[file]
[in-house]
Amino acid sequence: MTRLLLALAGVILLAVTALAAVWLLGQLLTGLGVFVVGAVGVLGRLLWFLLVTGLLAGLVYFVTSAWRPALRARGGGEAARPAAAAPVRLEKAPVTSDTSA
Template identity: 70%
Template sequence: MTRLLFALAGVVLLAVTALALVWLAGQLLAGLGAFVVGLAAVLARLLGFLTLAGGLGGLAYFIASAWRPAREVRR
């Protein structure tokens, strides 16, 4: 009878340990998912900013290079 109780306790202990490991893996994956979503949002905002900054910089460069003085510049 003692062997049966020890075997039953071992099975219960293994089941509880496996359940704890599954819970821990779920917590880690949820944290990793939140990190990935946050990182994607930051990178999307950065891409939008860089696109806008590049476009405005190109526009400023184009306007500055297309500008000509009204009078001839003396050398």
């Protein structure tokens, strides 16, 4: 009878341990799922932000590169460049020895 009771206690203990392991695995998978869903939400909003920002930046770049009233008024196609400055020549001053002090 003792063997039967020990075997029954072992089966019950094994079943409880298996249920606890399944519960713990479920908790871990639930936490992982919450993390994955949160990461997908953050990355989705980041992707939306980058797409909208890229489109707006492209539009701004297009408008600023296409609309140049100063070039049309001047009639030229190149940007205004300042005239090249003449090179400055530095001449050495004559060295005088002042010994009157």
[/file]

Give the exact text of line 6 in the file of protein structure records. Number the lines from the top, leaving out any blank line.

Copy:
């Protein structure tokens, strides 16, 4: 009878341990799922932000590169460049020895 009771206690203990392991695995998978869903939400909003920002930046770049009233008024196609400055020549001053002090 003792063997039967020990075997029954072992089966019950094994079943409880298996249920606890399944519960713990479920908790871990639930936490992982919450993390994955949160990461997908953050990355989705980041992707939306980058797409909208890229489109707006492209539009701004297009408008600023296409609309140049100063070039049309001047009639030229190149940007205004300042005239090249003449090179400055530095001449050495004559060295005088002042010994009157």